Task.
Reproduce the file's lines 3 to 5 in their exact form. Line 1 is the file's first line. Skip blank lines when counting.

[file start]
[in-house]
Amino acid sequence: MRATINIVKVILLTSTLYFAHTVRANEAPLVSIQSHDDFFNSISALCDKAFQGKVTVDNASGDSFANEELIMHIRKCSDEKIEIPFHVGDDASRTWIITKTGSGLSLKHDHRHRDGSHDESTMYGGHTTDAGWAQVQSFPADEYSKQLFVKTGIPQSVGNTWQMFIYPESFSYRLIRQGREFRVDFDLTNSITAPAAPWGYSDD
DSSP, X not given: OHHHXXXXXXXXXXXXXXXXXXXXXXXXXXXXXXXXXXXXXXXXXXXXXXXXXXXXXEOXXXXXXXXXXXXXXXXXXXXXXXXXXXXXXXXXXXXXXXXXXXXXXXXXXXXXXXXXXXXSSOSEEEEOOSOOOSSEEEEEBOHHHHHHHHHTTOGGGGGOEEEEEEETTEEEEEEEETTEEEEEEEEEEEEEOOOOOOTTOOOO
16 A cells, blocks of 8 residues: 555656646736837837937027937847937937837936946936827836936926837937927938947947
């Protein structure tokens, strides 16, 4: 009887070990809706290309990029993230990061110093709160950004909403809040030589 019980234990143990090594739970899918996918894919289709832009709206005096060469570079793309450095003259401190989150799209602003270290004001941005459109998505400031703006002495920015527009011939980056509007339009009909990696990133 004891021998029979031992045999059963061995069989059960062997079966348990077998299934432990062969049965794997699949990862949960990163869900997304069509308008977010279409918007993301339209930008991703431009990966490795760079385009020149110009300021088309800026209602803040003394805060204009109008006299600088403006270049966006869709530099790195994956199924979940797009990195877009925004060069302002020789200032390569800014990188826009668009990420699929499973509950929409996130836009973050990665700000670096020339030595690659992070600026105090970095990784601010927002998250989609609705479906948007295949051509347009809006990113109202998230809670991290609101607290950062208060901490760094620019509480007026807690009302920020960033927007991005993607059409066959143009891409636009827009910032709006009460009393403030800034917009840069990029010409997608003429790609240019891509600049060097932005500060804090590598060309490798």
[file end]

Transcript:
DSSP, X not given: OHHHXXXXXXXXXXXXXXXXXXXXXXXXXXXXXXXXXXXXXXXXXXXXXXXXXXXXXEOXXXXXXXXXXXXXXXXXXXXXXXXXXXXXXXXXXXXXXXXXXXXXXXXXXXXXXXXXXXXSSOSEEEEOOSOOOSSEEEEEBOHHHHHHHHHTTOGGGGGOEEEEEEETTEEEEEEEETTEEEEEEEEEEEEEOOOOOOTTOOOO
16 A cells, blocks of 8 residues: 555656646736837837937027937847937937837936946936827836936926837937927938947947
């Protein structure tokens, strides 16, 4: 009887070990809706290309990029993230990061110093709160950004909403809040030589 019980234990143990090594739970899918996918894919289709832009709206005096060469570079793309450095003259401190989150799209602003270290004001941005459109998505400031703006002495920015527009011939980056509007339009009909990696990133 004891021998029979031992045999059963061995069989059960062997079966348990077998299934432990062969049965794997699949990862949960990163869900997304069509308008977010279409918007993301339209930008991703431009990966490795760079385009020149110009300021088309800026209602803040003394805060204009109008006299600088403006270049966006869709530099790195994956199924979940797009990195877009925004060069302002020789200032390569800014990188826009668009990420699929499973509950929409996130836009973050990665700000670096020339030595690659992070600026105090970095990784601010927002998250989609609705479906948007295949051509347009809006990113109202998230809670991290609101607290950062208060901490760094620019509480007026807690009302920020960033927007991005993607059409066959143009891409636009827009910032709006009460009393403030800034917009840069990029010409997608003429790609240019891509600049060097932005500060804090590598060309490798």